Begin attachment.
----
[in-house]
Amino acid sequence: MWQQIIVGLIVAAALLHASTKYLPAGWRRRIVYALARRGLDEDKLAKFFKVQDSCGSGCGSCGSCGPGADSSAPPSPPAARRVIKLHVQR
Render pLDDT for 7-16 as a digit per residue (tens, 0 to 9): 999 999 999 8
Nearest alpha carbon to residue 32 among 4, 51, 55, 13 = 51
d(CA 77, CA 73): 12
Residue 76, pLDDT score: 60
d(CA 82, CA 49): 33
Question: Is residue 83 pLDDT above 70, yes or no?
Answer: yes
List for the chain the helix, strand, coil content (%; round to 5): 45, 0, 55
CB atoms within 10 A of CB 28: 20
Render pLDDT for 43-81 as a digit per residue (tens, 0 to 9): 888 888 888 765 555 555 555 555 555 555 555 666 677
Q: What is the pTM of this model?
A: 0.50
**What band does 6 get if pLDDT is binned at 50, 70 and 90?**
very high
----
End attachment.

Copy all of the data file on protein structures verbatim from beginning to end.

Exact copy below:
[in-house]
Amino acid sequence: MWQQIIVGLIVAAALLHASTKYLPAGWRRRIVYALARRGLDEDKLAKFFKVQDSCGSGCGSCGSCGPGADSSAPPSPPAARRVIKLHVQR
Render pLDDT for 7-16 as a digit per residue (tens, 0 to 9): 999 999 999 8
Nearest alpha carbon to residue 32 among 4, 51, 55, 13 = 51
d(CA 77, CA 73): 12
Residue 76, pLDDT score: 60
d(CA 82, CA 49): 33
Question: Is residue 83 pLDDT above 70, yes or no?
Answer: yes
List for the chain the helix, strand, coil content (%; round to 5): 45, 0, 55
CB atoms within 10 A of CB 28: 20
Render pLDDT for 43-81 as a digit per residue (tens, 0 to 9): 888 888 888 765 555 555 555 555 555 555 555 666 677
Q: What is the pTM of this model?
A: 0.50
**What band does 6 get if pLDDT is binned at 50, 70 and 90?**
very high